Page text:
Books and articles on Exploration & Travel in Historic Ohio

The Evidence Against Her

Dew, Robb Forman
Little, Brown 2001       

This novel is “set in the small town of Washburn, Ohio. The story begins with three children born on the same September day in 1888, and it ends with those same three, grown and with children of their own, in the summer of 1927. Lily Scofield, her cousin Warren Scofield and Robert Butler, son of the Methodist pastor, grow up as an inseparable group. Even after Lily marries Robert in June 1913, she assumes that Warren will still somehow always be close by. (But he meets) Agnes Claytor, who was a 14-year-old guest at Lily’s wedding.” N Y Times Book Rev
“A marvel of lyrical understatement, the narrative flows like a river—smooth, with surprising depths, some turbulence and the inexorability of time’s passing.” Publ Wkly

The Truth of the Matter

Dew, Robb Forman
Little, Brown 2005       

Second title in a trilogy about the Scofield family of Washburn, Ohio; begun with: The Evidence Against Her. “Agnes Scofield has raised her children as a widow, having lost husband Warren in a car accident in 1930. This loss permeates the way in which Agnes recalls her life—she does not feel, she represses—and affects the relationships she has with her children. During World War II, her children leave home, and Agnes adjusts to single life only to have to readjust when they return to their small Ohio town with spouses and children in tow. The family ultimately finds the homecoming unsettling, as if they are just meeting one another for the first time. Dew’s plain writing highlights the characters’ inner lives and the wartime environment, yet it carries the reader along effortlessly.” Libr J

Through the Ivory Gate

Dove, Rita
Pantheon 1992       

“Virginia King, a talented young black woman. returns to her hometown of Akron, Ohio, as artist-in-residence at an elementary school. The story moves back and forth the present, which finds her teaching puppetry to children, and her past, which includes memories of a constricting community and family life and the liberation offered by college and her stint with a communal puppet theater.” Publ Wkly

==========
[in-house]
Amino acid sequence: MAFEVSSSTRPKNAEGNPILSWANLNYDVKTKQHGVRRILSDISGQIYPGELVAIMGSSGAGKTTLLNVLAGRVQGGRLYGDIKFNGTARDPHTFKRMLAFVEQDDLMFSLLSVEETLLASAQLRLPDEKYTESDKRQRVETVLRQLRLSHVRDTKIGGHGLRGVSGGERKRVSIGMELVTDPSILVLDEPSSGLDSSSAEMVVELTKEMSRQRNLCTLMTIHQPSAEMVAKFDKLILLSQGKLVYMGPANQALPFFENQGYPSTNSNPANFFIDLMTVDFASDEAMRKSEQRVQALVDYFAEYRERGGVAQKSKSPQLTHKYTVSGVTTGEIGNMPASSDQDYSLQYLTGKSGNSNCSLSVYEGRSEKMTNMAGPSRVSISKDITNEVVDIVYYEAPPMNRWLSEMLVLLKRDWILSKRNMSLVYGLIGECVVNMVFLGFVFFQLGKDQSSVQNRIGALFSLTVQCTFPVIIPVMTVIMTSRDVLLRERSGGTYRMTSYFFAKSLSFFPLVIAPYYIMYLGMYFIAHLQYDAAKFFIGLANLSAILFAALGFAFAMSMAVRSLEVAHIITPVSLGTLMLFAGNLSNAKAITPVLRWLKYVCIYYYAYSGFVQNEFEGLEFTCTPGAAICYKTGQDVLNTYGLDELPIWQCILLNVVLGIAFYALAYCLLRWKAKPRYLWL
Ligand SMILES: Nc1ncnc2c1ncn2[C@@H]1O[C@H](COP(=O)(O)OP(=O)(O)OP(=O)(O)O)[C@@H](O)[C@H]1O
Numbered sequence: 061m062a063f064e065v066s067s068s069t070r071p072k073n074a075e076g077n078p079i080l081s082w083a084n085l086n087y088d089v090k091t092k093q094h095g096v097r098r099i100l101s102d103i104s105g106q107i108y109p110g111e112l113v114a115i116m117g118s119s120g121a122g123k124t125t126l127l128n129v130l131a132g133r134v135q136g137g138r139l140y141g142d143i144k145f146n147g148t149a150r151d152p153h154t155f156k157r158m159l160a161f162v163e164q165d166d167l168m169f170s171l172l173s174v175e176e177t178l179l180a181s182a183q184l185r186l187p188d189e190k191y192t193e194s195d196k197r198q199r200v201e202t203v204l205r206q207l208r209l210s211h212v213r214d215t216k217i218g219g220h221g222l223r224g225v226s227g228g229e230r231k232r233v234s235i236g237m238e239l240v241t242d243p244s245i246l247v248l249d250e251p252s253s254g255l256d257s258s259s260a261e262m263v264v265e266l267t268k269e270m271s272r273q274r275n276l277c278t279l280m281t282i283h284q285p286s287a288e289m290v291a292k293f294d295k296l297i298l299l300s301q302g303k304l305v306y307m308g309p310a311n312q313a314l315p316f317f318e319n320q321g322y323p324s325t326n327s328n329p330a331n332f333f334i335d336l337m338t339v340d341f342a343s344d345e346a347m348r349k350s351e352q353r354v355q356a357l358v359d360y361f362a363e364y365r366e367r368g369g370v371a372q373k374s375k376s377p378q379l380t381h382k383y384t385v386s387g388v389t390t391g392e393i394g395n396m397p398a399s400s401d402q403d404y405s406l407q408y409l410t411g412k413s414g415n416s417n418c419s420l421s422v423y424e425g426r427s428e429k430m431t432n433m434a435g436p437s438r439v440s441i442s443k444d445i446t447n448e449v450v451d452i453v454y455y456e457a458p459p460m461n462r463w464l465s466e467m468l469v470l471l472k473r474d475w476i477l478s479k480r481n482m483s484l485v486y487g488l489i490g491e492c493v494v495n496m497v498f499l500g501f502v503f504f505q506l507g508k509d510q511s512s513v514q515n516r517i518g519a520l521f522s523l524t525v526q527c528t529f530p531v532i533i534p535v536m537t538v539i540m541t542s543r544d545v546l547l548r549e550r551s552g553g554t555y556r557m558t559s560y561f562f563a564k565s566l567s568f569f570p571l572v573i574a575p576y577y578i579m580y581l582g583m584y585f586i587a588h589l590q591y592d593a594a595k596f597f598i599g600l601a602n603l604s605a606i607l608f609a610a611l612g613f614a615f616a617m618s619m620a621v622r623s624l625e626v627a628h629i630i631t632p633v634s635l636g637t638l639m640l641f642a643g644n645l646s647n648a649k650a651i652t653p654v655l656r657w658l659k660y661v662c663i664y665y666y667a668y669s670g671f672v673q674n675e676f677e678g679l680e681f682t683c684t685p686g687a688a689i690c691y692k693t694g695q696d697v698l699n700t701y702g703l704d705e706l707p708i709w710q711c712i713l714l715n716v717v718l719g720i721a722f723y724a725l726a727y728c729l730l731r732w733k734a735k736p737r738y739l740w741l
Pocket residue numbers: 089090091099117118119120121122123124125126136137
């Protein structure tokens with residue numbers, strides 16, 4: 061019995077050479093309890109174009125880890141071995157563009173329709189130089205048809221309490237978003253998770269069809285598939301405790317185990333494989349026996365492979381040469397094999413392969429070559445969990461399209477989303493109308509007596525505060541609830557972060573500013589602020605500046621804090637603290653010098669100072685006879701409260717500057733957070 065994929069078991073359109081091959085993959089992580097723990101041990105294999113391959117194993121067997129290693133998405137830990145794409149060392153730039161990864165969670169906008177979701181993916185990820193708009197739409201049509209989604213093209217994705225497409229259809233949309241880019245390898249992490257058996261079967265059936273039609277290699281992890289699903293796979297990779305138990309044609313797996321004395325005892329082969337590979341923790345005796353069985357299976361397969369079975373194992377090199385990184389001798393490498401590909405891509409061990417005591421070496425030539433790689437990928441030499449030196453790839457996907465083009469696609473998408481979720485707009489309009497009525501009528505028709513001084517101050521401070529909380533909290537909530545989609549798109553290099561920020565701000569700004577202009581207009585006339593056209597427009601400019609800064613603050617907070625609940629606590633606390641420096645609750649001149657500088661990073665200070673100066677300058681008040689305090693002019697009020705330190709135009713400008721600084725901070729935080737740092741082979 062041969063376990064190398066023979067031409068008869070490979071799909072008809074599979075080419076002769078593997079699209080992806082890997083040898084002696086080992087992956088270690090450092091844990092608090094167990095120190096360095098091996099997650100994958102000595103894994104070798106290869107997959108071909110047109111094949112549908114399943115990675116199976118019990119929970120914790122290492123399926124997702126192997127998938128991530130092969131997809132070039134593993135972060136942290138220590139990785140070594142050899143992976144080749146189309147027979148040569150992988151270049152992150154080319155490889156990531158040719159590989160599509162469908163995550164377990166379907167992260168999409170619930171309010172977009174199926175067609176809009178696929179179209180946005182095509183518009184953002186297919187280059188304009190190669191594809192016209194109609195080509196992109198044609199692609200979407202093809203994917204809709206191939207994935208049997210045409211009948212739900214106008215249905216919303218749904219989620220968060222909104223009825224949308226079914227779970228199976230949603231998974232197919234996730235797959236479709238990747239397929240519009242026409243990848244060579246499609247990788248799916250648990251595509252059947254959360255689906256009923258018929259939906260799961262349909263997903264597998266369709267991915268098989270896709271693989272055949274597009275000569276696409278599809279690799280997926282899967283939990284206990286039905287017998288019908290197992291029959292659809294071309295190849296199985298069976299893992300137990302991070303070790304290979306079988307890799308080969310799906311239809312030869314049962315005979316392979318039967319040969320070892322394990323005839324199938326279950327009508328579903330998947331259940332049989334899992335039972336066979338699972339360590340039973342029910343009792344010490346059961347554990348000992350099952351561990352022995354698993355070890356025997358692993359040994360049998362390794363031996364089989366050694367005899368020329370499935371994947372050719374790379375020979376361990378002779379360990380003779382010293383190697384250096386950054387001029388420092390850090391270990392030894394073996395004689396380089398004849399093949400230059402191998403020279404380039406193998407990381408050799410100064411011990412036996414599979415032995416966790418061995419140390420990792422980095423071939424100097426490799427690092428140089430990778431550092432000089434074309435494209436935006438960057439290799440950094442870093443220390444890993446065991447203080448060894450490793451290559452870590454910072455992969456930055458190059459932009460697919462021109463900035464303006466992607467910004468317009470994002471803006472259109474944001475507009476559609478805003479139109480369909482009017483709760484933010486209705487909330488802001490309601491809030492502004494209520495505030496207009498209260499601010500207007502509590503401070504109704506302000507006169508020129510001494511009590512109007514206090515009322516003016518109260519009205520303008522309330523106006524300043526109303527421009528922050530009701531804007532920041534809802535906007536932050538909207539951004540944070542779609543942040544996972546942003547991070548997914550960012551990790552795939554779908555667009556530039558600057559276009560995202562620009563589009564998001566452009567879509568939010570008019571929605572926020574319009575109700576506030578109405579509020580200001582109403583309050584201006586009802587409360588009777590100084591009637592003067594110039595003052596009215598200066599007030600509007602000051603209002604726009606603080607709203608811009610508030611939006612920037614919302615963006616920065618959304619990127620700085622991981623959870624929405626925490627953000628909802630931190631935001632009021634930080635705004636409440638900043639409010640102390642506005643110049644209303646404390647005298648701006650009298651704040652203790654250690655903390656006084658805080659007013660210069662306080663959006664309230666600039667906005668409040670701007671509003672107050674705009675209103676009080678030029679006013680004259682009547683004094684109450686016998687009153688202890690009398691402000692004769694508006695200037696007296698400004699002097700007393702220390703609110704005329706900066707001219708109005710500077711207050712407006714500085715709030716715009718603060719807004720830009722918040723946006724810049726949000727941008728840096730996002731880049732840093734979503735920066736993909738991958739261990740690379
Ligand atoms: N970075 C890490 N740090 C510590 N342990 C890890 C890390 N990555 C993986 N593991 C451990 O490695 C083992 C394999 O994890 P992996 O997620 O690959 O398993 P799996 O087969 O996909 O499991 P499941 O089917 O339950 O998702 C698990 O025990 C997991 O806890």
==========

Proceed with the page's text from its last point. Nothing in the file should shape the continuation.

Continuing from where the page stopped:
“Whether she is evoking look of a landscape or depicting the nuances of a family quarrel. Dove sees with the keen eye of an artist and writes with the finely honed diction of a poet. In Virginia King, she has created a distinctive, highly individualized heroine.” Christ Sci Monit

Tales and Sketches of the Queen City

Drake, Benjamin
Cincinnati: Morgan 1838

This volume contains thirteen tales or sketches, several of which were published in the Hesperian and other periodicals in the 1830s.

-The Queen City
-The Novice of Cahokia
-Putting a Blackleg on Shore
-The Baptism
-The Yankee Colporteen
-The Grave of Rosalie
-The Burial by Moonlight
-A Kentucky Election
-Visit to the Blue Licks
-Trying on a Shoe
-The Battle of Brindle and the Buckeyes
-The Buried Canoe
-The Flag-Bearer

Ned on the River

Ellis, Edward S.
Philadelphia: Porter & Coates 1884

An adventure story that takes place in 1789 on the Ohio frontier and includes fighting Indians. Author Edward S. Ellis (1840-1916), was a teacher and school administrator who published hundreds of books and magazine articles under his own name and more than a dozen pseudonyms.

Books and articles on Native American tribes in historic Ohio

The Bounty Lands

Ellis, William Donohue
World 1952